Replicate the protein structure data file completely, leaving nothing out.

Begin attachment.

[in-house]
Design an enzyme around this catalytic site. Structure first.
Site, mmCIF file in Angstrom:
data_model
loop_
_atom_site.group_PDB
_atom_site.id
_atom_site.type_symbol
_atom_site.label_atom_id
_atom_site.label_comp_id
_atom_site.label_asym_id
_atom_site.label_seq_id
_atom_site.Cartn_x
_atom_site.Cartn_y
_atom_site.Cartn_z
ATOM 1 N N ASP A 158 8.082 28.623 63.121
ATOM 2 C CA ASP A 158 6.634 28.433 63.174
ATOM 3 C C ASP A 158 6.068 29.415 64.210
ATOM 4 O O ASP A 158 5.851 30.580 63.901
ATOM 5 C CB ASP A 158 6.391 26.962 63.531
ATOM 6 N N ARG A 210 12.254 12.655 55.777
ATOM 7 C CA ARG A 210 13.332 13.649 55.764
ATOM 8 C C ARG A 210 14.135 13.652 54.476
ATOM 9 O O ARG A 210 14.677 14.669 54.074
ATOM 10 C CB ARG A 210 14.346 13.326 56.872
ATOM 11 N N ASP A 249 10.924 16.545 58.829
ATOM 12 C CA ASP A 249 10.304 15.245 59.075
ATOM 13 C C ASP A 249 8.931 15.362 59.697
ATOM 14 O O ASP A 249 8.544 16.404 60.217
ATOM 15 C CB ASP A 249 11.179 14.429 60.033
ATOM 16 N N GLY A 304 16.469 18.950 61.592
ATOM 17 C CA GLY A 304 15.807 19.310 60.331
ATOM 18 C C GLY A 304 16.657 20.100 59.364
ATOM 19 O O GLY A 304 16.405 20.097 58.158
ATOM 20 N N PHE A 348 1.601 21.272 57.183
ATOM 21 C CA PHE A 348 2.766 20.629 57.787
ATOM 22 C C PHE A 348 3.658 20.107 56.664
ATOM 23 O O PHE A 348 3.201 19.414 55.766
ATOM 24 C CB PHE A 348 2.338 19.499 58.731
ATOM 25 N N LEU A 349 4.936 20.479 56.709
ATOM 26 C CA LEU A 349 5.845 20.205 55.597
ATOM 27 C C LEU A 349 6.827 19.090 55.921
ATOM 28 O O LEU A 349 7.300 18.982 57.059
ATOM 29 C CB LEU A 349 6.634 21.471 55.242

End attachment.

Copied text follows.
[in-house]
Design an enzyme around this catalytic site. Structure first.
Site, mmCIF file in Angstrom:
data_model
loop_
_atom_site.group_PDB
_atom_site.id
_atom_site.type_symbol
_atom_site.label_atom_id
_atom_site.label_comp_id
_atom_site.label_asym_id
_atom_site.label_seq_id
_atom_site.Cartn_x
_atom_site.Cartn_y
_atom_site.Cartn_z
ATOM 1 N N ASP A 158 8.082 28.623 63.121
ATOM 2 C CA ASP A 158 6.634 28.433 63.174
ATOM 3 C C ASP A 158 6.068 29.415 64.210
ATOM 4 O O ASP A 158 5.851 30.580 63.901
ATOM 5 C CB ASP A 158 6.391 26.962 63.531
ATOM 6 N N ARG A 210 12.254 12.655 55.777
ATOM 7 C CA ARG A 210 13.332 13.649 55.764
ATOM 8 C C ARG A 210 14.135 13.652 54.476
ATOM 9 O O ARG A 210 14.677 14.669 54.074
ATOM 10 C CB ARG A 210 14.346 13.326 56.872
ATOM 11 N N ASP A 249 10.924 16.545 58.829
ATOM 12 C CA ASP A 249 10.304 15.245 59.075
ATOM 13 C C ASP A 249 8.931 15.362 59.697
ATOM 14 O O ASP A 249 8.544 16.404 60.217
ATOM 15 C CB ASP A 249 11.179 14.429 60.033
ATOM 16 N N GLY A 304 16.469 18.950 61.592
ATOM 17 C CA GLY A 304 15.807 19.310 60.331
ATOM 18 C C GLY A 304 16.657 20.100 59.364
ATOM 19 O O GLY A 304 16.405 20.097 58.158
ATOM 20 N N PHE A 348 1.601 21.272 57.183
ATOM 21 C CA PHE A 348 2.766 20.629 57.787
ATOM 22 C C PHE A 348 3.658 20.107 56.664
ATOM 23 O O PHE A 348 3.201 19.414 55.766
ATOM 24 C CB PHE A 348 2.338 19.499 58.731
ATOM 25 N N LEU A 349 4.936 20.479 56.709
ATOM 26 C CA LEU A 349 5.845 20.205 55.597
ATOM 27 C C LEU A 349 6.827 19.090 55.921
ATOM 28 O O LEU A 349 7.300 18.982 57.059
ATOM 29 C CB LEU A 349 6.634 21.471 55.242